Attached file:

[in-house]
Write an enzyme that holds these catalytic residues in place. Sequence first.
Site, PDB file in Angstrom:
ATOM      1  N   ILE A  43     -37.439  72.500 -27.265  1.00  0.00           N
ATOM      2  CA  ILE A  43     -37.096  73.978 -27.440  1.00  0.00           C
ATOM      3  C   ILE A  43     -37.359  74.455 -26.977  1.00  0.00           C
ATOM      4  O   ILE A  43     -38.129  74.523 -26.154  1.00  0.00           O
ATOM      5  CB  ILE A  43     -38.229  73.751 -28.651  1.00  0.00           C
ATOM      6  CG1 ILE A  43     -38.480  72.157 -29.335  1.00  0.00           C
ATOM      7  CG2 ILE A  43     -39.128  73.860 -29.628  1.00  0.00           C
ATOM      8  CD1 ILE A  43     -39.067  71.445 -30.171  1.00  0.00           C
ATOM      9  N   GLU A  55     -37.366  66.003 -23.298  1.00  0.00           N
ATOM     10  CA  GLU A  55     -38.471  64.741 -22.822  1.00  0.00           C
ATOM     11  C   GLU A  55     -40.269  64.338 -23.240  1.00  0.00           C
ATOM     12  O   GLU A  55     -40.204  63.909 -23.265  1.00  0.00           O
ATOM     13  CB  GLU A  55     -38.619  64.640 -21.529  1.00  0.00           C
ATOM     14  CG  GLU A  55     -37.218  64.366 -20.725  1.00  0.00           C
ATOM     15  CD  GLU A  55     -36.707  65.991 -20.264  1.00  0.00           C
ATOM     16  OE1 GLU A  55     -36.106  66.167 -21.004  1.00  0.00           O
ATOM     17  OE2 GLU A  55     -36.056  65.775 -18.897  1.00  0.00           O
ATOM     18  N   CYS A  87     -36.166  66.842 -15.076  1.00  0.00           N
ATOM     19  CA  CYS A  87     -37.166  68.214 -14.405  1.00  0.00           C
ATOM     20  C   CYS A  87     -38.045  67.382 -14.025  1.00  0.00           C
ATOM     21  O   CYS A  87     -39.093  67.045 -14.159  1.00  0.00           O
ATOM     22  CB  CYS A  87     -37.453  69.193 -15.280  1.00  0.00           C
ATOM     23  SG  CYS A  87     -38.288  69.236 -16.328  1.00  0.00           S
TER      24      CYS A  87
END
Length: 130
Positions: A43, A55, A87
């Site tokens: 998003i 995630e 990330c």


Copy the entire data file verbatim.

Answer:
[in-house]
Write an enzyme that holds these catalytic residues in place. Sequence first.
Site, PDB file in Angstrom:
ATOM      1  N   ILE A  43     -37.439  72.500 -27.265  1.00  0.00           N
ATOM      2  CA  ILE A  43     -37.096  73.978 -27.440  1.00  0.00           C
ATOM      3  C   ILE A  43     -37.359  74.455 -26.977  1.00  0.00           C
ATOM      4  O   ILE A  43     -38.129  74.523 -26.154  1.00  0.00           O
ATOM      5  CB  ILE A  43     -38.229  73.751 -28.651  1.00  0.00           C
ATOM      6  CG1 ILE A  43     -38.480  72.157 -29.335  1.00  0.00           C
ATOM      7  CG2 ILE A  43     -39.128  73.860 -29.628  1.00  0.00           C
ATOM      8  CD1 ILE A  43     -39.067  71.445 -30.171  1.00  0.00           C
ATOM      9  N   GLU A  55     -37.366  66.003 -23.298  1.00  0.00           N
ATOM     10  CA  GLU A  55     -38.471  64.741 -22.822  1.00  0.00           C
ATOM     11  C   GLU A  55     -40.269  64.338 -23.240  1.00  0.00           C
ATOM     12  O   GLU A  55     -40.204  63.909 -23.265  1.00  0.00           O
ATOM     13  CB  GLU A  55     -38.619  64.640 -21.529  1.00  0.00           C
ATOM     14  CG  GLU A  55     -37.218  64.366 -20.725  1.00  0.00           C
ATOM     15  CD  GLU A  55     -36.707  65.991 -20.264  1.00  0.00           C
ATOM     16  OE1 GLU A  55     -36.106  66.167 -21.004  1.00  0.00           O
ATOM     17  OE2 GLU A  55     -36.056  65.775 -18.897  1.00  0.00           O
ATOM     18  N   CYS A  87     -36.166  66.842 -15.076  1.00  0.00           N
ATOM     19  CA  CYS A  87     -37.166  68.214 -14.405  1.00  0.00           C
ATOM     20  C   CYS A  87     -38.045  67.382 -14.025  1.00  0.00           C
ATOM     21  O   CYS A  87     -39.093  67.045 -14.159  1.00  0.00           O
ATOM     22  CB  CYS A  87     -37.453  69.193 -15.280  1.00  0.00           C
ATOM     23  SG  CYS A  87     -38.288  69.236 -16.328  1.00  0.00           S
TER      24      CYS A  87
END
Length: 130
Positions: A43, A55, A87
């Site tokens: 998003i 995630e 990330c």